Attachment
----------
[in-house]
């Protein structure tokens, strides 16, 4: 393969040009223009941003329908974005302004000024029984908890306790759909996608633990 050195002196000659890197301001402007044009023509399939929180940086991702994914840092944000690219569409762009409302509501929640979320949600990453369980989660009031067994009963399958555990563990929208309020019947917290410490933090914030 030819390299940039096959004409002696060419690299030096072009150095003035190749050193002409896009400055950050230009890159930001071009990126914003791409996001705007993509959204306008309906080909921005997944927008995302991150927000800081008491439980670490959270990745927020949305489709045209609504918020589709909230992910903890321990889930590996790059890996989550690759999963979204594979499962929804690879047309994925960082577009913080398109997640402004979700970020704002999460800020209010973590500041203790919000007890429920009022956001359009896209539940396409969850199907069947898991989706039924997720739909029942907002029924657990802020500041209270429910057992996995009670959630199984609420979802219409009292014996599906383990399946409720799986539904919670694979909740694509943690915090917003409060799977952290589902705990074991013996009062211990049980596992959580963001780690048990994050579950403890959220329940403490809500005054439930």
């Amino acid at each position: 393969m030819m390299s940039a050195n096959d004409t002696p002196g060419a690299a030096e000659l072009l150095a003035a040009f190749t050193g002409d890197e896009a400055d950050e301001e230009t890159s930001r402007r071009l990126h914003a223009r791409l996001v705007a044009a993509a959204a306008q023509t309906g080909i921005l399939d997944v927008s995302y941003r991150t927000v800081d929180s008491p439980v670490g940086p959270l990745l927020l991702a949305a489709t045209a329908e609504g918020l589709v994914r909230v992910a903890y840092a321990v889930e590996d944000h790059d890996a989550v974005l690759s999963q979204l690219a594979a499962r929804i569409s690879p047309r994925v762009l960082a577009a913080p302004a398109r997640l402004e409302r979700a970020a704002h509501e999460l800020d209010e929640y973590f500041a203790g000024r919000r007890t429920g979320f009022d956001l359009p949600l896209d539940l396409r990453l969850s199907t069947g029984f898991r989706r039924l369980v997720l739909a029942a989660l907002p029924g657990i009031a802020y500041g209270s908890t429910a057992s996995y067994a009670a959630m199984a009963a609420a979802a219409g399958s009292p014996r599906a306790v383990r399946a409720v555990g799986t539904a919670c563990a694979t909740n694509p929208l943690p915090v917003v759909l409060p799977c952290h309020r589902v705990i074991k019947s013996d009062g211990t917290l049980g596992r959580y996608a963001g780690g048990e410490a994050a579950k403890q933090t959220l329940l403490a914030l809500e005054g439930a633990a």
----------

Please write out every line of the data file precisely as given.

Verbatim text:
[in-house]
């Protein structure tokens, strides 16, 4: 393969040009223009941003329908974005302004000024029984908890306790759909996608633990 050195002196000659890197301001402007044009023509399939929180940086991702994914840092944000690219569409762009409302509501929640979320949600990453369980989660009031067994009963399958555990563990929208309020019947917290410490933090914030 030819390299940039096959004409002696060419690299030096072009150095003035190749050193002409896009400055950050230009890159930001071009990126914003791409996001705007993509959204306008309906080909921005997944927008995302991150927000800081008491439980670490959270990745927020949305489709045209609504918020589709909230992910903890321990889930590996790059890996989550690759999963979204594979499962929804690879047309994925960082577009913080398109997640402004979700970020704002999460800020209010973590500041203790919000007890429920009022956001359009896209539940396409969850199907069947898991989706039924997720739909029942907002029924657990802020500041209270429910057992996995009670959630199984609420979802219409009292014996599906383990399946409720799986539904919670694979909740694509943690915090917003409060799977952290589902705990074991013996009062211990049980596992959580963001780690048990994050579950403890959220329940403490809500005054439930």
């Amino acid at each position: 393969m030819m390299s940039a050195n096959d004409t002696p002196g060419a690299a030096e000659l072009l150095a003035a040009f190749t050193g002409d890197e896009a400055d950050e301001e230009t890159s930001r402007r071009l990126h914003a223009r791409l996001v705007a044009a993509a959204a306008q023509t309906g080909i921005l399939d997944v927008s995302y941003r991150t927000v800081d929180s008491p439980v670490g940086p959270l990745l927020l991702a949305a489709t045209a329908e609504g918020l589709v994914r909230v992910a903890y840092a321990v889930e590996d944000h790059d890996a989550v974005l690759s999963q979204l690219a594979a499962r929804i569409s690879p047309r994925v762009l960082a577009a913080p302004a398109r997640l402004e409302r979700a970020a704002h509501e999460l800020d209010e929640y973590f500041a203790g000024r919000r007890t429920g979320f009022d956001l359009p949600l896209d539940l396409r990453l969850s199907t069947g029984f898991r989706r039924l369980v997720l739909a029942a989660l907002p029924g657990i009031a802020y500041g209270s908890t429910a057992s996995y067994a009670a959630m199984a009963a609420a979802a219409g399958s009292p014996r599906a306790v383990r399946a409720v555990g799986t539904a919670c563990a694979t909740n694509p929208l943690p915090v917003v759909l409060p799977c952290h309020r589902v705990i074991k019947s013996d009062g211990t917290l049980g596992r959580y996608a963001g780690g048990e410490a994050a579950k403890q933090t959220l329940l403490a914030l809500e005054g439930a633990a």